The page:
Opinion: Second Thoughts From the Man Who Enabled North Carolina's Voter ID Law
It's too late for Edward Blum's regrets
First, some backstory. Bear with me here.
Six weeks ago, a left-leaning Durham County nonprofit called insightus published a report that revealed what the group’s president, William Busa, called “electoral apartheid”—changes to early voting sites in North Carolina under the 2013 voter ID law that placed them much farther away from black voters compared to white ones.
“While the average white voter's distance to his or her nearest Early Voting site increased by just 26 feet in 2014, the average black voter's distance increased by a quarter of a mile,” Busa wrote (italics his). “Summing that up over the members of each race, that's an aggregate increase in distance-to-poll of just 21,000 miles for white voters (71% of the electorate), but more than 350,000 miles for black voters (22% of the electorate). That latter distance is the equivalent of a trip from the Earth to the Moon, and halfway home again.”
Blum cited Mecklenburg County as a place where even seemingly slight changes—black voters now have to travel an average of 0.2 miles farther than before, compared to 0.03 miles for white voters—could swing a close election: “[V]oter suppression, like boiling a live frog, is a game of tiny increments.”
The early voting site changes, of course, were far from the only measures included in the Voter Identification Verification Act, which starting this year also restricts early voting hours, mandates photo ID for voters, and abolishes same-day registration and pre-registration for high school students, among other provisions. (The NAACP and others have sued in federal court, arguing that the changes disproportionately affect minority and young voters, who tend to vote Democratic; a judge will hear arguments in the case Jan. 25.)
But what’s clear is their timing back in 2013. Republican legislators had the bill queued up and ready to go as soon as the U.S. Supreme Court struck down Section 5 of the Voting Rights Act, which required state and local governments with histories of discrimination against minorities to “pre-clear” any changes to voting laws or procedures with the U.S. Justice Department. The Supreme Court ruled in Shelby County vs. Holder on June 25, 2013; Gov. Pat McCrory signed VIVA into law six weeks later.
All of that (thank you for your patience) is preamble to an extraordinary admission this week by the one man who set the entire machine in motion—and not just in North Carolina. His name is Edward Blum.
Blum is the man behind a small, Austin-based nonprofit, Project on Fair Representation, that helped engineer the Shelby County case and another, Fisher vs. University of Texas, that challenges race-based admissions to universities. (The Supreme Court heard oral arguments in that case Dec. 9, when Justice Antonin Scalia made his now-infamous observation that minorities might fare better at “a slower-track school where they do well.”)
“Working largely on his own, with the financial support of a handful of conservative donors, Blum sought out the plaintiffs in the Fisher and Shelby County cases, persuaded them to file suit, matched them with lawyers, and secured funding to appeal the cases all the way to the high court,” according to a Reuters special report in 2012.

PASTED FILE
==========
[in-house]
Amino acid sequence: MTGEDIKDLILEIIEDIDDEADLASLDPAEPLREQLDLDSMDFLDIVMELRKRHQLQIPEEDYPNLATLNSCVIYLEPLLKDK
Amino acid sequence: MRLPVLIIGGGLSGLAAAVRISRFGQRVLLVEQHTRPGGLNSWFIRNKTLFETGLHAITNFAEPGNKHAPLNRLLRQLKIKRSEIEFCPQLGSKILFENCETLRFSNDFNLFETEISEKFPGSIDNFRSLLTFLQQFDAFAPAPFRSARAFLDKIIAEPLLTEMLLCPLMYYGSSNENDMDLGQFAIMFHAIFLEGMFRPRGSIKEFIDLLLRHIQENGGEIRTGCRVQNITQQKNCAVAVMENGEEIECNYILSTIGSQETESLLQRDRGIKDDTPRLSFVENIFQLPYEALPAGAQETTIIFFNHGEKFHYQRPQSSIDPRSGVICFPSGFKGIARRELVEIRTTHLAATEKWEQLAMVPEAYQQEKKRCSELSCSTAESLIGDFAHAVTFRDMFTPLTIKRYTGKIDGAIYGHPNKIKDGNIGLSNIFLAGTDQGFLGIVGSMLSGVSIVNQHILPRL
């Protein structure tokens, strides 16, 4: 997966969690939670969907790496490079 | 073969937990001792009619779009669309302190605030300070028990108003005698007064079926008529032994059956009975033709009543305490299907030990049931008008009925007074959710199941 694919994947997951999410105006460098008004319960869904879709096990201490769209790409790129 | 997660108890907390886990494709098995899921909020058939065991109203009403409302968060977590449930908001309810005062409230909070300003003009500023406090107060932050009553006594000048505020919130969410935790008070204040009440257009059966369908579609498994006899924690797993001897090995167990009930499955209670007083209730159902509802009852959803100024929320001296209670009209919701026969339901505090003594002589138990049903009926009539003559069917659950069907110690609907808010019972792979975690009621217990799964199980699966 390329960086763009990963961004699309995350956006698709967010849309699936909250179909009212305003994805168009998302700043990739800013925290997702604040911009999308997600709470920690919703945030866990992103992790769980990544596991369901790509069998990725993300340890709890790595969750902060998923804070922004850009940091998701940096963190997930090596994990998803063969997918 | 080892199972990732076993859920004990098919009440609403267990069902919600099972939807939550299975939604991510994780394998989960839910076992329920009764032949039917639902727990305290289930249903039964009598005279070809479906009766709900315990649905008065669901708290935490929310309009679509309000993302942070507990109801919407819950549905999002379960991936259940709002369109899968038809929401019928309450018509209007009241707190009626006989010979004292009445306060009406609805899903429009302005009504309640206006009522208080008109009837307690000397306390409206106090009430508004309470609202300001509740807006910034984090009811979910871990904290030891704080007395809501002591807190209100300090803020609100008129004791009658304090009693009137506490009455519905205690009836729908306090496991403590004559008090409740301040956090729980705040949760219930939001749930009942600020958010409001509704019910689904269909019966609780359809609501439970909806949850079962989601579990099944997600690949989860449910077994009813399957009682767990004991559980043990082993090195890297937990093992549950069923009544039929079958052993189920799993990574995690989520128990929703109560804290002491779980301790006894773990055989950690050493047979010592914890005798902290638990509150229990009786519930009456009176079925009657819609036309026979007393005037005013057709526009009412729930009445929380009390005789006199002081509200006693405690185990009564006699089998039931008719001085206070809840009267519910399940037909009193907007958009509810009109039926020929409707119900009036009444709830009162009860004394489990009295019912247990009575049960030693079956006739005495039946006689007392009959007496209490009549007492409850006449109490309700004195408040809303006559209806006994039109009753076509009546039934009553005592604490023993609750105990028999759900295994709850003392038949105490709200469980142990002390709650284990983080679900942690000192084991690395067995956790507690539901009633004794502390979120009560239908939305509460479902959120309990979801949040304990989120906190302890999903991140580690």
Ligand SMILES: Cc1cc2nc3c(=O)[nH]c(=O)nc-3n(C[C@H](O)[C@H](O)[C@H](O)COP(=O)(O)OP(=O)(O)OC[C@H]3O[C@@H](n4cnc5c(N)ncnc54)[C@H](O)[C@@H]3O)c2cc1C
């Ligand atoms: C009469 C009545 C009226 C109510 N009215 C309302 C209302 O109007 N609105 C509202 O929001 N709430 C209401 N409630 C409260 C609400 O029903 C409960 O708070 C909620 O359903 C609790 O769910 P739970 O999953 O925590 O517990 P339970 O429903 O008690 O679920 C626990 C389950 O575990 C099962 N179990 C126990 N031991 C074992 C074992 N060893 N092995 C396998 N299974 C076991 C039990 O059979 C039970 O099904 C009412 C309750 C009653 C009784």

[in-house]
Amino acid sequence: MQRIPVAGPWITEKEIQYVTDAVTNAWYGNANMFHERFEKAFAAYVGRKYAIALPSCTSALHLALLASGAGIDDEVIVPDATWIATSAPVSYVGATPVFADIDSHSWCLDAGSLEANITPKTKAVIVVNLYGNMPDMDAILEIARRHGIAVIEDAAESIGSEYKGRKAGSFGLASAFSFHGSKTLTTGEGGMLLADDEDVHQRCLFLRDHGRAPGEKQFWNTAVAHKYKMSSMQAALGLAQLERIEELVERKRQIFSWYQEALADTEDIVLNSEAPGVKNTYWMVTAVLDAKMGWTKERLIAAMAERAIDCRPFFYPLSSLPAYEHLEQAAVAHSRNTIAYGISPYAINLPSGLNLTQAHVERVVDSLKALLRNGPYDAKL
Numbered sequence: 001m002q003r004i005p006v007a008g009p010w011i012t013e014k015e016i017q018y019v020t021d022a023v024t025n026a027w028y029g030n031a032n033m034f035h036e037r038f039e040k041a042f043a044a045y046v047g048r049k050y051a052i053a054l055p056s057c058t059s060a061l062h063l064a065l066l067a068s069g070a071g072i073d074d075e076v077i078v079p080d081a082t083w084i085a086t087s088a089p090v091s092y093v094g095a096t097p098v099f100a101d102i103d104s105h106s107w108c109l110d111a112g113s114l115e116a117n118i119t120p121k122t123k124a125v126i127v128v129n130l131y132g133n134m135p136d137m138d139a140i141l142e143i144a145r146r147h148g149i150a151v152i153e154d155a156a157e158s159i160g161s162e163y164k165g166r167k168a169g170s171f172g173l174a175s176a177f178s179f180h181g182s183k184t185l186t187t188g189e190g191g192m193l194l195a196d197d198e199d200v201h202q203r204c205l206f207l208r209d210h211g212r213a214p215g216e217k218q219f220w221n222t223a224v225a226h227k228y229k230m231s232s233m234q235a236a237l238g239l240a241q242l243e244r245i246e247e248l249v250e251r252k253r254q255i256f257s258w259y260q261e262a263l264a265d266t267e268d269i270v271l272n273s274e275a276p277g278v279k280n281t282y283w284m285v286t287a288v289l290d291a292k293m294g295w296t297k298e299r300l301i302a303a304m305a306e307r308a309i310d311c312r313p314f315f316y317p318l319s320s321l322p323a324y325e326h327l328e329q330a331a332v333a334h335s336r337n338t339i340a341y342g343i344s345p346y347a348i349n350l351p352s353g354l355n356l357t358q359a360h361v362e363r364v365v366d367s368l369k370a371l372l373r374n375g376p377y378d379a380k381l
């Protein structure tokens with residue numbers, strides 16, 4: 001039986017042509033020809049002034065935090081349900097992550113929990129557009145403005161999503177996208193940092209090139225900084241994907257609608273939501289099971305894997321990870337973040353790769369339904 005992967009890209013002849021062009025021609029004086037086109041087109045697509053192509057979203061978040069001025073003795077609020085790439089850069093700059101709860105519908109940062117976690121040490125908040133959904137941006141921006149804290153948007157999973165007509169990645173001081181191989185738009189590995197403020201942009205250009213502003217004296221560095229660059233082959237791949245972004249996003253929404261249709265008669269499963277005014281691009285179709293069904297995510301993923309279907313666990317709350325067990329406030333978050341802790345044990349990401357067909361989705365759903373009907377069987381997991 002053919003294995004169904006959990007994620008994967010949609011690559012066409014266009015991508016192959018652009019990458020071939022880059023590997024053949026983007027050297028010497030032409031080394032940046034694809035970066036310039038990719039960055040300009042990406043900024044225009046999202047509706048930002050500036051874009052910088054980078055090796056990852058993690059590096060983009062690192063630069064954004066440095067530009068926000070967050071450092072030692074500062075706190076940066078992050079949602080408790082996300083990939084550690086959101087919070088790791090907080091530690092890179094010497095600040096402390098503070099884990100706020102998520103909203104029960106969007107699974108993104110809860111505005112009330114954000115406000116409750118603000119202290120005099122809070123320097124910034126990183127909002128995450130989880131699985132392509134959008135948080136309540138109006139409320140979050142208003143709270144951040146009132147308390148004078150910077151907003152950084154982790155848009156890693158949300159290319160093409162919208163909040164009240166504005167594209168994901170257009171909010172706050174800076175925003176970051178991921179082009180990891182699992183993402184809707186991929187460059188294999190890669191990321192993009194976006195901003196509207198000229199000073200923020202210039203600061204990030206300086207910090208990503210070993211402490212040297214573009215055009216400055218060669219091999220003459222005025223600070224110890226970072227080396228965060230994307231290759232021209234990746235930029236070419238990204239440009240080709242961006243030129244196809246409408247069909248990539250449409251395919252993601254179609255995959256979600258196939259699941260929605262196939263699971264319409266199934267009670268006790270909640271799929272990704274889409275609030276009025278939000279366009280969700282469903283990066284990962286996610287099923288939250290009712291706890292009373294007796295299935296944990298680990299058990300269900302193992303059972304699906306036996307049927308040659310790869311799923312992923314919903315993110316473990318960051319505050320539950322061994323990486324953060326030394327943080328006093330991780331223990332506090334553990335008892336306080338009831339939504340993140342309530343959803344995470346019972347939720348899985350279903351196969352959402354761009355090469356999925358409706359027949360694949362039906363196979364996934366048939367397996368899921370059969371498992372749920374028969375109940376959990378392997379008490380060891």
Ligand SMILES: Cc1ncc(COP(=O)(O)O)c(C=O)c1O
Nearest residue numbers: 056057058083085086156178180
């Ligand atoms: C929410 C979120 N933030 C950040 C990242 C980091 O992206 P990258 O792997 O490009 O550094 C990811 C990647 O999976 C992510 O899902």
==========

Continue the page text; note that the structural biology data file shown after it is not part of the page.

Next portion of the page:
This week, in an interview with the British paper The Guardian, he admitted to second thoughts.
“I think about it a lot, I worry about it a lot. I agonise over this,” Blum told the Guardian. “It may be that one or two of the states that used to be covered by Section 5 has gone too far.” …
It is clear … that Blum’s cases rely on the view that America is essentially a post-racial society in which the wounds left over from slavery and segregation have mostly healed and certainly do not require extraordinary intervention by state legislatures or the Justice Department.
It’s a view of history touted by many conservatives, including John Roberts, starting long before he joined the supreme court. Their argument, however, often fails to acknowledge that southern segregationists relied on similarly “race neutral” arguments to exclude blacks (and, often, poor whites) from the political system in the 19th and early 20th centuries through a variety of underhanded means. It also overlooks the abundant evidence of continuing harassment and exclusion of minorities, not just in the south – through restrictive registration laws, overcrowded polling places in minority neighborhoods, dishonestly compiled voter purge lists, the denial of voting rights to ex-felons, police intimidation, and the crippling effect of mass incarceration.
[Steven] Spaulding of Common Cause accused Blum of perpetuating an Alice in Wonderland view of the world in which up is down and down is up. “It’s a really twisted way to read the constitution,” he said. “And he is taking advantage of a court which has shown itself to be very hostile of late to bedrock American landmark laws.”
A little late for regrets, isn’t it? One person can make a difference after all, which might be the final turn in a twisted tale: In trying to realize the bedrock principle of “one person, one vote,” the cases Blum helped midwife have undermined voting rights—in at least two states, one of them ours—more than anything in the last half-century. He’ll have to live with that, as we all will.